First to answer your question: I used a pick, a digging bar and the grubbing end of a pulaski to break up the ground. Hard work.
I have the same land. Ultra-compacted clay. I made some garden beds there doing the following:
I dug it up about 1 foot deep. Picked out rocks and the pure white clay chunks that might as well be rocks.
Mixed in wood pieces, horse manure and some biochar.
Planted a green manure cover crop and let it grow for 6 months.
Then I mounded it all up into beds, and covered all of it with 4 inches of wood chips. I also filled in the paths with wood chips to a depth of about 8 inches. After this the green manure crops popped out again.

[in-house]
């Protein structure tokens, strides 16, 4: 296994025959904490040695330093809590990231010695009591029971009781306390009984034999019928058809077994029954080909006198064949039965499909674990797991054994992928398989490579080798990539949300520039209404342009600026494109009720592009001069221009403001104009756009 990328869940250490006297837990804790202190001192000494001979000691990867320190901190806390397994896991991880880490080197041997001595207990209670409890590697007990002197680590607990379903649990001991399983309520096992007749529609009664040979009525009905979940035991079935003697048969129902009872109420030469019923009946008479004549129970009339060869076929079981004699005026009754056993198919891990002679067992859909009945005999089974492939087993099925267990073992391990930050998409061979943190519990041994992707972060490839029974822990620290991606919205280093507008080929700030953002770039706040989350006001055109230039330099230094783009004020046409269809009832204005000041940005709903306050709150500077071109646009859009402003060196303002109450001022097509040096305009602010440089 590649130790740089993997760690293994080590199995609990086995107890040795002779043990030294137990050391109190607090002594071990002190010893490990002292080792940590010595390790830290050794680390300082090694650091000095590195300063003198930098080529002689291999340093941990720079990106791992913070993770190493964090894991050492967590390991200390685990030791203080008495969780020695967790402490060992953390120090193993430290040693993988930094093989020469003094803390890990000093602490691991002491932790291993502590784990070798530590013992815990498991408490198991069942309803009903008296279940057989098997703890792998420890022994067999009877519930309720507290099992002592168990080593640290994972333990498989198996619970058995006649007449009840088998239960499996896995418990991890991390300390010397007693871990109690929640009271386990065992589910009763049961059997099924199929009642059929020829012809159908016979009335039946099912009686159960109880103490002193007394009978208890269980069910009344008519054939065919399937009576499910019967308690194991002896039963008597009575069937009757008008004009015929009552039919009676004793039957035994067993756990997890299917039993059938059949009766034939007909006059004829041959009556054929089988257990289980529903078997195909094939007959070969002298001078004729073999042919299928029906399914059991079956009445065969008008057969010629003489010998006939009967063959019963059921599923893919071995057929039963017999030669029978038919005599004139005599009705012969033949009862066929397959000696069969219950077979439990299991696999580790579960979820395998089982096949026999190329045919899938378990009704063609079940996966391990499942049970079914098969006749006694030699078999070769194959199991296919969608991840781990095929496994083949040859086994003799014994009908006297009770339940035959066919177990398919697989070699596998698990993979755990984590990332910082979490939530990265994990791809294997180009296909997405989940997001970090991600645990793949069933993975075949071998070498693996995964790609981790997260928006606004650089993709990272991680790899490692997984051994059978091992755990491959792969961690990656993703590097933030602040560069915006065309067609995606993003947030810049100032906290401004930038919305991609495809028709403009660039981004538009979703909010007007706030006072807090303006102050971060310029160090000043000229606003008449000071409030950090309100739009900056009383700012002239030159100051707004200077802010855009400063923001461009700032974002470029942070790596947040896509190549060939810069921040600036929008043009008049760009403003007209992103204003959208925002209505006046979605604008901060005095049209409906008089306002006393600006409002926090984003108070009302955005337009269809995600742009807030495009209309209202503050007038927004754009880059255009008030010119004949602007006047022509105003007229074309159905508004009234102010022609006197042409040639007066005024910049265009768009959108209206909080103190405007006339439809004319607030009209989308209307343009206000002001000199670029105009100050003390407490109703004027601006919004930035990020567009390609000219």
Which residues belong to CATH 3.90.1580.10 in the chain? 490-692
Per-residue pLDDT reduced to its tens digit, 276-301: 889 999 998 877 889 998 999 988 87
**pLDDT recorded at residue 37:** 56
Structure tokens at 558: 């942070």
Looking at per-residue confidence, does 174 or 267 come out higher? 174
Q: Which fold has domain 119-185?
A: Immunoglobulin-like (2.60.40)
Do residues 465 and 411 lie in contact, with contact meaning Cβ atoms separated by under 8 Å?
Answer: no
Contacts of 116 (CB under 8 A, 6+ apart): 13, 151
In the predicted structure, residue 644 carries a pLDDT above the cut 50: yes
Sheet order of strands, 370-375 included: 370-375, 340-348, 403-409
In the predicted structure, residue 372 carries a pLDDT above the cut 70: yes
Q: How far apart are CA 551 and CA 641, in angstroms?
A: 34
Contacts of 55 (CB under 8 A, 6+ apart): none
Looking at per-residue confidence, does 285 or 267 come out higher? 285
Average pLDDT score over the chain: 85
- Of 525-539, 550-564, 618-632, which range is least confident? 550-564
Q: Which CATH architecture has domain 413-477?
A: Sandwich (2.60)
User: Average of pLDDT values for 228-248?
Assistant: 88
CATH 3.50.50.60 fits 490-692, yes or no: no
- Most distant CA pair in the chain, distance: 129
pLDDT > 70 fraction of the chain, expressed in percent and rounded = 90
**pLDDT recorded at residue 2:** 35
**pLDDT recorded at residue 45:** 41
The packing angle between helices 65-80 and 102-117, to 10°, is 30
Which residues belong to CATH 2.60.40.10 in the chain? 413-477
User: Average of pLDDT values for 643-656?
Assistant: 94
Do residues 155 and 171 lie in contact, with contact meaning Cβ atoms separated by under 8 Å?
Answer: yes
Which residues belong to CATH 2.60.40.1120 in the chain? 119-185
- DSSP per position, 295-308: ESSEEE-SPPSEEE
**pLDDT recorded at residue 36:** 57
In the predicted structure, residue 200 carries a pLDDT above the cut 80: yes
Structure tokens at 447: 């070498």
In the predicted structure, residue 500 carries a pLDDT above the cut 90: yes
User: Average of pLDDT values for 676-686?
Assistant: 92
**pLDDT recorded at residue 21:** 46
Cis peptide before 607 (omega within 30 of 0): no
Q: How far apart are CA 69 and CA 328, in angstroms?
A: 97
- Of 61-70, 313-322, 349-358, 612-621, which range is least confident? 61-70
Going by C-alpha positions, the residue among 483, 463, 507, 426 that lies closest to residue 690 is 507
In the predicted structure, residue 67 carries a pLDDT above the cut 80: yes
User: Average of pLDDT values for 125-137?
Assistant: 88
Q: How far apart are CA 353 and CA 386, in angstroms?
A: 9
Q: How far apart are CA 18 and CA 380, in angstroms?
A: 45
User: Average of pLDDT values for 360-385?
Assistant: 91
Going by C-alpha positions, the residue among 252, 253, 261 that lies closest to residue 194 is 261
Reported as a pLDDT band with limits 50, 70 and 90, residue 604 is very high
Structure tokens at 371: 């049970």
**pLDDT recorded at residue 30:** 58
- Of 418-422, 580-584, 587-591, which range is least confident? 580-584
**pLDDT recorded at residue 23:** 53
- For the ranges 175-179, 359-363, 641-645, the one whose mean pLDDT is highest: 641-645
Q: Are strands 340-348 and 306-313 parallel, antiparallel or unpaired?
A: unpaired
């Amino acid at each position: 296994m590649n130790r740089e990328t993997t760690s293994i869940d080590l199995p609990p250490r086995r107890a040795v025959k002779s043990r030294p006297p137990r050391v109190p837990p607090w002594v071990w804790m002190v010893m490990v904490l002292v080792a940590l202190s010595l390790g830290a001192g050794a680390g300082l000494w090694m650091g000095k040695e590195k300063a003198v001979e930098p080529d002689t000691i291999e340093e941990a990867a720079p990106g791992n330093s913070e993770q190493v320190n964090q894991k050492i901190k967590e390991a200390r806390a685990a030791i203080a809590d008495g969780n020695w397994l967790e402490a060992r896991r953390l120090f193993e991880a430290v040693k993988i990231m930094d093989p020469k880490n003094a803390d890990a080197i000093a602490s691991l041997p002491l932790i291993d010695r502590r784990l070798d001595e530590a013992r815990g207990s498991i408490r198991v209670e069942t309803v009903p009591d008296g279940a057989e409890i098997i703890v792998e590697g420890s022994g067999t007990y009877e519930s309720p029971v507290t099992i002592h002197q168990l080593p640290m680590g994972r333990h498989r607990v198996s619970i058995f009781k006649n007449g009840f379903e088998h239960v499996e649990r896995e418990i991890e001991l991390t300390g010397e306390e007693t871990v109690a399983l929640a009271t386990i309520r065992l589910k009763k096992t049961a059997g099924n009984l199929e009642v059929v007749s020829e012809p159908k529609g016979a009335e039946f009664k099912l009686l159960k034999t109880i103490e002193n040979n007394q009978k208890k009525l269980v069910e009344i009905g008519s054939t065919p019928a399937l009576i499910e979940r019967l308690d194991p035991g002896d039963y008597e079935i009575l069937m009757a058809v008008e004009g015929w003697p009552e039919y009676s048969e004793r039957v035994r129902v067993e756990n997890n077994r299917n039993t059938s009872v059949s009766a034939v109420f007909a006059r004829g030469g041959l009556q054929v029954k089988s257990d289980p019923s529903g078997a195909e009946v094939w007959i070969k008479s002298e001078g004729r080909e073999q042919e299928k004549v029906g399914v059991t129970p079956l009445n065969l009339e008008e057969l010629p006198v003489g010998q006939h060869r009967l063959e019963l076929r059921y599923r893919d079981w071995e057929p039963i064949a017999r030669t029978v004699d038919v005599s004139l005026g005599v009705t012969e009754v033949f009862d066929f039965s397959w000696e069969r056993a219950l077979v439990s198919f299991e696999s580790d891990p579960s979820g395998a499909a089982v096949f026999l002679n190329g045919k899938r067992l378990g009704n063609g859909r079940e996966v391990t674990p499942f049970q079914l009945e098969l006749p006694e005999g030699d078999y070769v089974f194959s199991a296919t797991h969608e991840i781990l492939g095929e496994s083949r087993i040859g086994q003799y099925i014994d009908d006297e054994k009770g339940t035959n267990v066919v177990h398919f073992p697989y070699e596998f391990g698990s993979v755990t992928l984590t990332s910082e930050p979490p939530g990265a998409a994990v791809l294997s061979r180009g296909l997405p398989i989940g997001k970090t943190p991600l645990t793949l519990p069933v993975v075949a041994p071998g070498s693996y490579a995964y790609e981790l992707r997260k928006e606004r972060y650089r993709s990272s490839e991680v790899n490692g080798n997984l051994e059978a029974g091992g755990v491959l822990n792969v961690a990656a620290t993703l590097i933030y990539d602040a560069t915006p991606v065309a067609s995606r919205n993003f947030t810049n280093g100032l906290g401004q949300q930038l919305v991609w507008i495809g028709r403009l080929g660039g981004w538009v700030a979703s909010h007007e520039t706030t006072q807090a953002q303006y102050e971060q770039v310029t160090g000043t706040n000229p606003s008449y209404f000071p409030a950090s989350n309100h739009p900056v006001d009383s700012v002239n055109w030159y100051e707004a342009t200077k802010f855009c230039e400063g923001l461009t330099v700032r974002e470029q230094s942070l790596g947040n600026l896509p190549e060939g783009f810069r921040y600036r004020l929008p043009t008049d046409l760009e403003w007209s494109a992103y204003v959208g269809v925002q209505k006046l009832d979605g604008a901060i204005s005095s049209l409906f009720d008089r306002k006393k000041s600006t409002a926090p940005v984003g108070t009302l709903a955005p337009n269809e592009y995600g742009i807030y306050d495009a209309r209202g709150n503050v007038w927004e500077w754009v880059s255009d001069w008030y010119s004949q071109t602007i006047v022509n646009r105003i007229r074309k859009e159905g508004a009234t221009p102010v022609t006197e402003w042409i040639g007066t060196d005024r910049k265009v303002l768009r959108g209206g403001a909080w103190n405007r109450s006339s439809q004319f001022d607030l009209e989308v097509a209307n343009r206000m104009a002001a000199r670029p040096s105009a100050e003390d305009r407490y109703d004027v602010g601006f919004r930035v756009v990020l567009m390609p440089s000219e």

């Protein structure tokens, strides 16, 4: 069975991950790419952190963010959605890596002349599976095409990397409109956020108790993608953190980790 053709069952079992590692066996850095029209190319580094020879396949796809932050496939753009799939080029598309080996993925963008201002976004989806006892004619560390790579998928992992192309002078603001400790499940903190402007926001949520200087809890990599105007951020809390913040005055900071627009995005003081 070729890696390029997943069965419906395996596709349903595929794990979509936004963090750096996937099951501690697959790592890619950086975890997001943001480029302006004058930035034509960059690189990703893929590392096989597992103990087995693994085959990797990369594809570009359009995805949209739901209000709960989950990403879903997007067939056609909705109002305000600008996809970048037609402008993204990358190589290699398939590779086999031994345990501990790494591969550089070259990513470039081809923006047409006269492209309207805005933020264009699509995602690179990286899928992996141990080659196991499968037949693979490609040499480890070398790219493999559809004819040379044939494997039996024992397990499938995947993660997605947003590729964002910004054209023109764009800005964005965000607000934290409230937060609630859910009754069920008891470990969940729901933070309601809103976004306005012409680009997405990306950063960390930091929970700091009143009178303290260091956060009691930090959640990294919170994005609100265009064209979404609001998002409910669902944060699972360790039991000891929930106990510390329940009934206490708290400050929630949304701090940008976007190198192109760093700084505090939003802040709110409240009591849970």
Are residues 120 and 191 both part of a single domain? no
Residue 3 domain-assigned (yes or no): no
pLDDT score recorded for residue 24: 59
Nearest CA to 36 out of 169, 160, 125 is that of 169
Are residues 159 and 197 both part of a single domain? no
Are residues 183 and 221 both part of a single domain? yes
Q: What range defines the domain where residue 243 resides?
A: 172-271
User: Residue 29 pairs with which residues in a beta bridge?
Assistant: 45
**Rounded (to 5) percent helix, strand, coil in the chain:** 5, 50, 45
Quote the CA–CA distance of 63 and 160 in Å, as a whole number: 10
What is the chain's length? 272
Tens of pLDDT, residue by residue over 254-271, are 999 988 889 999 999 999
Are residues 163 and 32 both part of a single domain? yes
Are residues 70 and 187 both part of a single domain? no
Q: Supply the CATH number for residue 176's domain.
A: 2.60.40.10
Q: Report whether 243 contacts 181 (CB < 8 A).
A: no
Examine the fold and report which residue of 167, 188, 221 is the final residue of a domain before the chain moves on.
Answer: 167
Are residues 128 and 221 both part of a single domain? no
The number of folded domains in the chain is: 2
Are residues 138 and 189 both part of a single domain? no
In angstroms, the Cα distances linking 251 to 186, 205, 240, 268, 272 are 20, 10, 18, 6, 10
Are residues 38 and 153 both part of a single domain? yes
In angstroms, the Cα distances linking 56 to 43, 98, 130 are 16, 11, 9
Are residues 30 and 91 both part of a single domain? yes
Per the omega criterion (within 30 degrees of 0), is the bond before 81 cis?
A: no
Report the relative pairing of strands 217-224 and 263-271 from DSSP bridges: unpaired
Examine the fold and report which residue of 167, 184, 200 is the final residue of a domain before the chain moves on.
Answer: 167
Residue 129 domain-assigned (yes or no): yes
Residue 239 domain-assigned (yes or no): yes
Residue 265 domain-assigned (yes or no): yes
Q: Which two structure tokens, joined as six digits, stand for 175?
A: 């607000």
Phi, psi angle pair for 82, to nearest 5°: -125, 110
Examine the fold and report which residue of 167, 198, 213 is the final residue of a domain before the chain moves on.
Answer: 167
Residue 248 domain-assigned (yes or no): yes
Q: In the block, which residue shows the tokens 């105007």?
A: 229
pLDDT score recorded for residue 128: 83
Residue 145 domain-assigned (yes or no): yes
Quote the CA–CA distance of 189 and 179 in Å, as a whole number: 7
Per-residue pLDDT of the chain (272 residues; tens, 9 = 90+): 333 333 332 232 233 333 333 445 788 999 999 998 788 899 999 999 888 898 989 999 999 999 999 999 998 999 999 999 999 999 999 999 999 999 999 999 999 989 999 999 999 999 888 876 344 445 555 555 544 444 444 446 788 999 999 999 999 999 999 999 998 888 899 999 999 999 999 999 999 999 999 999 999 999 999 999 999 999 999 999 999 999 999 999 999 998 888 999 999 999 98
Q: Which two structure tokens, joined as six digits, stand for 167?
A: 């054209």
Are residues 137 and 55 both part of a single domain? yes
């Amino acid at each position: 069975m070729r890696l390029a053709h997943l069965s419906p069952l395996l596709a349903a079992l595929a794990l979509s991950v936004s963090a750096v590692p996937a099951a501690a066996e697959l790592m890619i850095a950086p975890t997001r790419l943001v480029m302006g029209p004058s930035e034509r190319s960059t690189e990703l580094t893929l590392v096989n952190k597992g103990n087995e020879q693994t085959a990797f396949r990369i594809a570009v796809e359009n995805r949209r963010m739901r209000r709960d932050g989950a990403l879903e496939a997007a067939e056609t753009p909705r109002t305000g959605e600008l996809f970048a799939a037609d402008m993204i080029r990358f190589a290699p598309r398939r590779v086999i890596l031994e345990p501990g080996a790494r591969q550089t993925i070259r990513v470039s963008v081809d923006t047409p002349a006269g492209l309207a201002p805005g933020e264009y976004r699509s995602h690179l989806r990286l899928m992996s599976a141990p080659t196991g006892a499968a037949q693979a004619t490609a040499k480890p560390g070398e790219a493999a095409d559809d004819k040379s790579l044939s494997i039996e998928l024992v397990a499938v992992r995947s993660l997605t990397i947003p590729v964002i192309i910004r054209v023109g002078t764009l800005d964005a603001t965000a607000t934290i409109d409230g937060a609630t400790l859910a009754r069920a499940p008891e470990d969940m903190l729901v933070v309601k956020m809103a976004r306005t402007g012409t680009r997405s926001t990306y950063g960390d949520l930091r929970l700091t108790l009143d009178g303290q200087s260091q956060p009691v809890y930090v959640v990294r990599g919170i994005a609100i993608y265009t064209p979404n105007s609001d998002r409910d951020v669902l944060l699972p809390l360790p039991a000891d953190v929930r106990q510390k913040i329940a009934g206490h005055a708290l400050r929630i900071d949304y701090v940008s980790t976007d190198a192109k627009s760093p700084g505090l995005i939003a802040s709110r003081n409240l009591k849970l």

I scraped off the wood chips and the green manure in the spring and mulched with some compost, then re-covered with the chips/green manure. Then I doused it with aerated compost tea and planted.
Results were pretty ok. The garden started great but ended up "self compacting" over the course of the season. Upon investigation the actual growing depth of the beds is more like 6 inches (they are almost 18" high) and under that is just nasty water-phobic clay. Tomatoes grew ok, Zucchini and Lemon Cucumber grew great. Peppers and Melons sucked. Pickling cucumbers are so bitter as to be inedible.
I will be incorporating about 400% more organic materials and biochar into as many beds as I can before next spring. I think I will be in business after that.
Anyways, food for thought I guess.